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Talking SQL to NoSQL data stores (Part 3)

May 27, 2011

Use cases and samples

If you worked through the last step of this series, you probably ended up with some HBase, SimpleDB or other NoSQL store, attached the Toad Data Hub to it, mapped some data structures into tables and thereby opened it up to the SQL world.

Use case 1: Report data

Now we can just run a query like this:

SELECT p.*
FROM myHBase.persons p
WHERE p.surname LIKE 'A%'

myHBase is the MySQL database in the Data Hub, pointing to an HBase instance. “persons” is the name of the shadow table, pointing to an HBase table. So we can easily apply a well-known SQL construct to find all persons in our HBase store with a surname starting with “A”.

This query would work on any MySQL client. In addition to that, when using Toad for Cloud Databases, we could demonstrate our laziness by using its graphical Query Builder and drag/drop together queries like this (the table and columns in the screenshots are in German, my apologies for that…):

Using query builder for querying an HBase table

Using query builder for querying an HBase table

With the Toad client, all result sets can be exported to standard formats like Excel, CSV, XML, HTTP, PDF or as SQL insert script. It can even generate an Excel sheet with an auto refresh button in it that pulls in current data when clicking on it (so-called Excel Linked Queries).

Use case 2: Move data into NoSQL

We can also import data most of these formats, i.e. let Toad create INSERT commands that the Data Hub automatically translates into the corresponding NoSQL store’s API calls.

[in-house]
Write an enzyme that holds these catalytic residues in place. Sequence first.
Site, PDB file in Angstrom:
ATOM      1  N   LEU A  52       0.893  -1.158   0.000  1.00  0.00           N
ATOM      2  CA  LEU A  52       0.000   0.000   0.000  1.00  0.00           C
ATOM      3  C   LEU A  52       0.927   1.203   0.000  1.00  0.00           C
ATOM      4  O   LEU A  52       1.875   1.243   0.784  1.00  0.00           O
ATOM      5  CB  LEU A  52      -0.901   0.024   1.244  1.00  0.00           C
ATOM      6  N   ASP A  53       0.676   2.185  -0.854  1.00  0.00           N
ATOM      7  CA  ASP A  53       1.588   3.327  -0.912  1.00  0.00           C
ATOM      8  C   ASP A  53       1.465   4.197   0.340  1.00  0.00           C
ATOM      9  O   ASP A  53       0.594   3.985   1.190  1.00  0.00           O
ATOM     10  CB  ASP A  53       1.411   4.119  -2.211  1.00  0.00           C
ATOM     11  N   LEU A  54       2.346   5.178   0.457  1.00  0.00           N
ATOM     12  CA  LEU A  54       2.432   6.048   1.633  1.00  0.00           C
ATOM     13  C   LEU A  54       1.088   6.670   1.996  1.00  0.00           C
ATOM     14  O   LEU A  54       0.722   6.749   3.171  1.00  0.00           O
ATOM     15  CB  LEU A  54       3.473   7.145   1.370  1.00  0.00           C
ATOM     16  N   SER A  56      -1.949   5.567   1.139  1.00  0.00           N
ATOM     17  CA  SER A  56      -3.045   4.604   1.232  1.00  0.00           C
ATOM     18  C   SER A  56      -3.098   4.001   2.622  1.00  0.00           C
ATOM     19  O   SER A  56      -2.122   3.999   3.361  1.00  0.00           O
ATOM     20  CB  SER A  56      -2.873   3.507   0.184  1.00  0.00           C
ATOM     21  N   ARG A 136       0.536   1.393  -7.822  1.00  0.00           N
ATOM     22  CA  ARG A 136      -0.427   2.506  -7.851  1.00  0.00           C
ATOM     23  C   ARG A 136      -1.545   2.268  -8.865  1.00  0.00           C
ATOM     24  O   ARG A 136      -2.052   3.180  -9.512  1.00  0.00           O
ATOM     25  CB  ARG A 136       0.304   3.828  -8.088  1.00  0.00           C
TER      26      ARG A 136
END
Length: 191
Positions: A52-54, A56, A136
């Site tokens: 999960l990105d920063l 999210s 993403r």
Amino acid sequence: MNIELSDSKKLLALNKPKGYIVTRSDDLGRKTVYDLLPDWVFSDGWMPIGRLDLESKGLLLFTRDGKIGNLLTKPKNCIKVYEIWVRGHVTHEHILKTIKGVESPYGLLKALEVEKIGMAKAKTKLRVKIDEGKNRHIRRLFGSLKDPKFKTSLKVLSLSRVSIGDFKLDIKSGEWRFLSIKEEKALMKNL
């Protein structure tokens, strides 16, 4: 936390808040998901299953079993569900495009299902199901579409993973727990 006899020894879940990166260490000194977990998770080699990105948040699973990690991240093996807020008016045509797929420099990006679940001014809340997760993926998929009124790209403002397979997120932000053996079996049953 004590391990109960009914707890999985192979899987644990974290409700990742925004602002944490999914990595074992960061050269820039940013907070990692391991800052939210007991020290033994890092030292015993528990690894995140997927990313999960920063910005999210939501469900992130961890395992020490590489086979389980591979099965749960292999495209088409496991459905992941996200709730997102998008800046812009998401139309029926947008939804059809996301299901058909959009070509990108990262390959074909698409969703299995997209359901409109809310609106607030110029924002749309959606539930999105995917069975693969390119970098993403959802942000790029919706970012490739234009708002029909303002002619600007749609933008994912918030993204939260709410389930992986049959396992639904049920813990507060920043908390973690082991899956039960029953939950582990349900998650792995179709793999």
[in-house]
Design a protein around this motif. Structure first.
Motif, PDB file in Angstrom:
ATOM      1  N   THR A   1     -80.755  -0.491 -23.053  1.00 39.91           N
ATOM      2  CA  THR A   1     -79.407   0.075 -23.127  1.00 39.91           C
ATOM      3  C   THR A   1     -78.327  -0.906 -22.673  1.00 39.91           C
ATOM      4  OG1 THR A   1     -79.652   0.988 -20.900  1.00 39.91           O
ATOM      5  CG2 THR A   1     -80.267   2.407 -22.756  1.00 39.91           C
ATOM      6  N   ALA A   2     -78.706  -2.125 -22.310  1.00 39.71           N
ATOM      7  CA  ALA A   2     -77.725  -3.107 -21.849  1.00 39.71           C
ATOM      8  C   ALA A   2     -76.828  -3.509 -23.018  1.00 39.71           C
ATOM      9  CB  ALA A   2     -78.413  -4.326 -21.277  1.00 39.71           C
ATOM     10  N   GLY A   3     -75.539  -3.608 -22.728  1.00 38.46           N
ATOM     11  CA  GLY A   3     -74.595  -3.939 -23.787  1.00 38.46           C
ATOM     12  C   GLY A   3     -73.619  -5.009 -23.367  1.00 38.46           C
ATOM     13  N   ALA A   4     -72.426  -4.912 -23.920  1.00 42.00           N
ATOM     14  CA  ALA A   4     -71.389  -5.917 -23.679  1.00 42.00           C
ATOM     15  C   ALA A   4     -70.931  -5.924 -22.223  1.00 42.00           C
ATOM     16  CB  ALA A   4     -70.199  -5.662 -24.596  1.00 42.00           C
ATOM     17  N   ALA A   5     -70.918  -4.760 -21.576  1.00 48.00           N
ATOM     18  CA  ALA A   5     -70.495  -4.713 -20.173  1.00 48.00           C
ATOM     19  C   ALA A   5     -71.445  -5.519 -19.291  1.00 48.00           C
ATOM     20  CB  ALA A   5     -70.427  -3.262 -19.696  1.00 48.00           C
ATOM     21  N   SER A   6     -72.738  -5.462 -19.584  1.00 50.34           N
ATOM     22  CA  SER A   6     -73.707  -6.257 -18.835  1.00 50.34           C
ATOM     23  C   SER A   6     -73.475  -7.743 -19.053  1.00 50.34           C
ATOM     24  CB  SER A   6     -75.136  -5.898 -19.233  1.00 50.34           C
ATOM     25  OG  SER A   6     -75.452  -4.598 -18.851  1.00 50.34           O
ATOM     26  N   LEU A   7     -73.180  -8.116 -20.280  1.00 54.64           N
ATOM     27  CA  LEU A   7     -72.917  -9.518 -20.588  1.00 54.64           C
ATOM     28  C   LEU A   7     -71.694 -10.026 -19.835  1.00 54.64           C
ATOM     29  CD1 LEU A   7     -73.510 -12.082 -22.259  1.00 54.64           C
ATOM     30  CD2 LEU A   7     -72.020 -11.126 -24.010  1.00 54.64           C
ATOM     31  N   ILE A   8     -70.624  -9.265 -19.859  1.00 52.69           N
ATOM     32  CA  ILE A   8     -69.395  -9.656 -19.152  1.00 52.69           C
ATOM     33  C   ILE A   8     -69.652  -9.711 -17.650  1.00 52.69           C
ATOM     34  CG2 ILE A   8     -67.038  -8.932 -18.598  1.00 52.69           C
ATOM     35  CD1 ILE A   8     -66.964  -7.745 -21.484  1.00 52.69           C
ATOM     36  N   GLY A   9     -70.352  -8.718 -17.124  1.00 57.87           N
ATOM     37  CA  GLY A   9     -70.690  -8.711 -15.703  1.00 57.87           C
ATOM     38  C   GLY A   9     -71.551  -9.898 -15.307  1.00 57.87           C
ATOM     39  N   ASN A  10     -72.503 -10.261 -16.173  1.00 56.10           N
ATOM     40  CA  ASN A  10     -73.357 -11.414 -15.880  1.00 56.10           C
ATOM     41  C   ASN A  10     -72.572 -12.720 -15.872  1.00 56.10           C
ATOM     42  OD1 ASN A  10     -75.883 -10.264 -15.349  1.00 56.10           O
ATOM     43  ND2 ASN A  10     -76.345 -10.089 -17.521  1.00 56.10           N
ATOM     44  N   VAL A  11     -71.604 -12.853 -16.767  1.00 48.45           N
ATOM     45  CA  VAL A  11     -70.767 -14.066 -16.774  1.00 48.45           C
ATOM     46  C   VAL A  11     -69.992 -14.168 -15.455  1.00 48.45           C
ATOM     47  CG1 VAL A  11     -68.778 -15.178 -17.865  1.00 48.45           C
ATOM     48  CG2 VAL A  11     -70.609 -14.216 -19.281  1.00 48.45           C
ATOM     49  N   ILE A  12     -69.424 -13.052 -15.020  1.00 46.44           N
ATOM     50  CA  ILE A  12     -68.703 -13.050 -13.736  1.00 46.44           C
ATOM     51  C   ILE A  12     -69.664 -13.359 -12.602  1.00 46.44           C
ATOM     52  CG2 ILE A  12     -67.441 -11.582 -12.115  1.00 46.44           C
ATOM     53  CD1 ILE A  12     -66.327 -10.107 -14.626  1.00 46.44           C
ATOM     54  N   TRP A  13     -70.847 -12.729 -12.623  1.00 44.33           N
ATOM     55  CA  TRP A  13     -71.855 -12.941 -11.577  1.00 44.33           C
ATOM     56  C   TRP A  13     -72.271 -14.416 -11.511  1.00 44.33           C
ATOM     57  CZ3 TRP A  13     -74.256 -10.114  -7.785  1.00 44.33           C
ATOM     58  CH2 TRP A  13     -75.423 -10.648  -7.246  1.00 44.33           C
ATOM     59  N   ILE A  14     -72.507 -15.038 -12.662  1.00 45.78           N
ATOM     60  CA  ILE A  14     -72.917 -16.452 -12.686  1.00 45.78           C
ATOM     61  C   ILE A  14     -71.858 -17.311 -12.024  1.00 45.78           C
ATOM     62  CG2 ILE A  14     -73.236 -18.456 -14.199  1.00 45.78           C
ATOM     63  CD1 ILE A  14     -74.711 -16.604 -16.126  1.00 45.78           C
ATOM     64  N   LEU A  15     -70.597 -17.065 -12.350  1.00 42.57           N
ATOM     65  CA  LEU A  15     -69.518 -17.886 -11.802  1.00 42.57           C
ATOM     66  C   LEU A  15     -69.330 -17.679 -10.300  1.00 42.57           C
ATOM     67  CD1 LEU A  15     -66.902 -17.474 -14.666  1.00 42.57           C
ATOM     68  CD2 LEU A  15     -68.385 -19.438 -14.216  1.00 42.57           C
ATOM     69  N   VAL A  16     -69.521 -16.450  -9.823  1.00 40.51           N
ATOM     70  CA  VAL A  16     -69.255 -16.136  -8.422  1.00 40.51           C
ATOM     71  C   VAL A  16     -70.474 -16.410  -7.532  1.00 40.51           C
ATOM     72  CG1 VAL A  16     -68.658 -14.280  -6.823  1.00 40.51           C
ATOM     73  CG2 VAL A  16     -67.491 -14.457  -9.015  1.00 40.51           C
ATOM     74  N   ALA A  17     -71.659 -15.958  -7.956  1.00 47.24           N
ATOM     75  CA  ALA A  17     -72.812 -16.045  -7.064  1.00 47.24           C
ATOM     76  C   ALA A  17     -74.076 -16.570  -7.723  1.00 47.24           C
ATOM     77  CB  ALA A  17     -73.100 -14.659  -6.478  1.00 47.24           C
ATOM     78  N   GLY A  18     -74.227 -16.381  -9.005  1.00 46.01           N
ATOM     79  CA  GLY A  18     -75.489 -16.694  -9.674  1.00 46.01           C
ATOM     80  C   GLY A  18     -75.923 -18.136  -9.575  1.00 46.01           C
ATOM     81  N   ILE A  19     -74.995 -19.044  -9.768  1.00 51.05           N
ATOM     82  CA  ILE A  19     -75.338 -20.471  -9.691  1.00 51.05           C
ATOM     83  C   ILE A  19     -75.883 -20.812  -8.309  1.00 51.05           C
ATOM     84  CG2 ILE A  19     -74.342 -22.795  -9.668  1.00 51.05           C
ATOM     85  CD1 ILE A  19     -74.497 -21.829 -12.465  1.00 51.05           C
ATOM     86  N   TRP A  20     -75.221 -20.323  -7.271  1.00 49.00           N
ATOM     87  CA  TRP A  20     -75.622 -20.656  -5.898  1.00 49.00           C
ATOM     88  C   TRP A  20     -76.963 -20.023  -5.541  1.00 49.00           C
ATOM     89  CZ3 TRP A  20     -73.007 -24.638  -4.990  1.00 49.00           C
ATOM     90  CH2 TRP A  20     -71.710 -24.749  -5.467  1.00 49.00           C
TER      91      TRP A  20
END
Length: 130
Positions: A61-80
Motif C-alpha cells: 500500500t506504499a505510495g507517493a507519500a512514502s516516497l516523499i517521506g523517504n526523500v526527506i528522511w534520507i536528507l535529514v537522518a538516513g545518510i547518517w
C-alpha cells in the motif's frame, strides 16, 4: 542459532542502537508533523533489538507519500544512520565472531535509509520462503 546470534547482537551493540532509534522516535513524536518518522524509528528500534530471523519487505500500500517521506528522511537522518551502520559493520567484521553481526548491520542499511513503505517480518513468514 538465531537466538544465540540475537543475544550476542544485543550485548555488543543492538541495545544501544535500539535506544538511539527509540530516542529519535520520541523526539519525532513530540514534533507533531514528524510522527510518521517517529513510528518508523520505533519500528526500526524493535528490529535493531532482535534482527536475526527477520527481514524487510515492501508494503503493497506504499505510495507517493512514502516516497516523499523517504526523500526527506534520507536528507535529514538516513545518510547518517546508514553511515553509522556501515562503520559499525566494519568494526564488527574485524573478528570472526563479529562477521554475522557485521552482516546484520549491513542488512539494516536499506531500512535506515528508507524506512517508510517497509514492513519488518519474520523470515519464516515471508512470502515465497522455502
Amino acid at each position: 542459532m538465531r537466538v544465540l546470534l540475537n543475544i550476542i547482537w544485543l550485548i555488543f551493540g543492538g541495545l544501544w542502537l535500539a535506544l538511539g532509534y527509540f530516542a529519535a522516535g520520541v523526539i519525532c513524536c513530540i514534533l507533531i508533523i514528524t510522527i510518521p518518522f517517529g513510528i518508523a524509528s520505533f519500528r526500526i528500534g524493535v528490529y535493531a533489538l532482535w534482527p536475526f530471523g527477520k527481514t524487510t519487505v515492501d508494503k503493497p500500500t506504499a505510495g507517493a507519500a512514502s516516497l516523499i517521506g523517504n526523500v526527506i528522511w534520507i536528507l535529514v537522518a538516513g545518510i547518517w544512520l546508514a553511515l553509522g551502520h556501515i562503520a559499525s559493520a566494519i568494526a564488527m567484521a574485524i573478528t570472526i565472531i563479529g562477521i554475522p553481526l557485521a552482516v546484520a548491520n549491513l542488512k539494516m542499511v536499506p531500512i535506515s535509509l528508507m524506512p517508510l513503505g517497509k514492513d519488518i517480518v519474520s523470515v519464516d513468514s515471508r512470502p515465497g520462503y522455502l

If the data is already in another database, it’s even easier, e.g. if we attached an HBase store as well as a standard Oracle database to the Data Hub, we could just run this:

INSERT INTO myHBase.persons 
SELECT * FROM myOracle.persons

Use case 3: Get the best from SQL and NoSQL world

NoSQL systems are strong when it comes to massive parallel scaling and map-reduce tasks, but they are often missing adequate reporting or data mining capabilities. Typically, there aren’t even indexes! Relational systems on the other hand with their sophisticated data indexing, joining and grouping capabilities are much better suited for these tasks. Therefore, it we want to report on the data, we need some ETL processes to load it over from the NoSQL store into a relational warehouse or reporting system. And it couldn’t be easier because all we need to do is:

INSERT INTO myOracle.persons
SELECT * FROM myHBase.persons

There is also some wizardry for all these data export, import, moving around functions, e.g. this screenshot shows the two essential steps when moving data from an HBase into an Oracle table. If we need this regularly, we can save the whole wizard process into a template and easily recall it next time.

Loading data from HBase into an Oracle table

Loading data from HBase into an Oracle table

Use case 4: Feel free to join

Maybe you won’t need this on a daily basis, but it is possible and very straight-forward to even join together data from different data stores. This query joins a person table in HBase to their addresses which are located in Oracle and reports on the number of addresses per person:

SELECT p.id, COUNT(*)
  FROM myHBase.persons p INNER JOIN myOracle.addresses a 
  ON (p.id = a.persid)
GROUP BY p.id

Again, if you prefer the drag/drop style, use Toad’s query builder like this to get the same result:

SQL joining an HBase table with an Oracle table

SQL joining an HBase table with an Oracle table

So it all boils down to writing well-known SQL queries or DML commands. The data hub cares for the whole translation into the corresponding NoSQL API. Toad for Cloud Database and especially its Data Hub are like brokers between SQL and NoSQL world.

If this makes any sense to you, feel free to check it out here.

There are also some very useful demo videos floating around here.

And if you need some more detailed instructions on how to map HBase and Cassandra tables into relational tables, check these out:

Feel free to comment!

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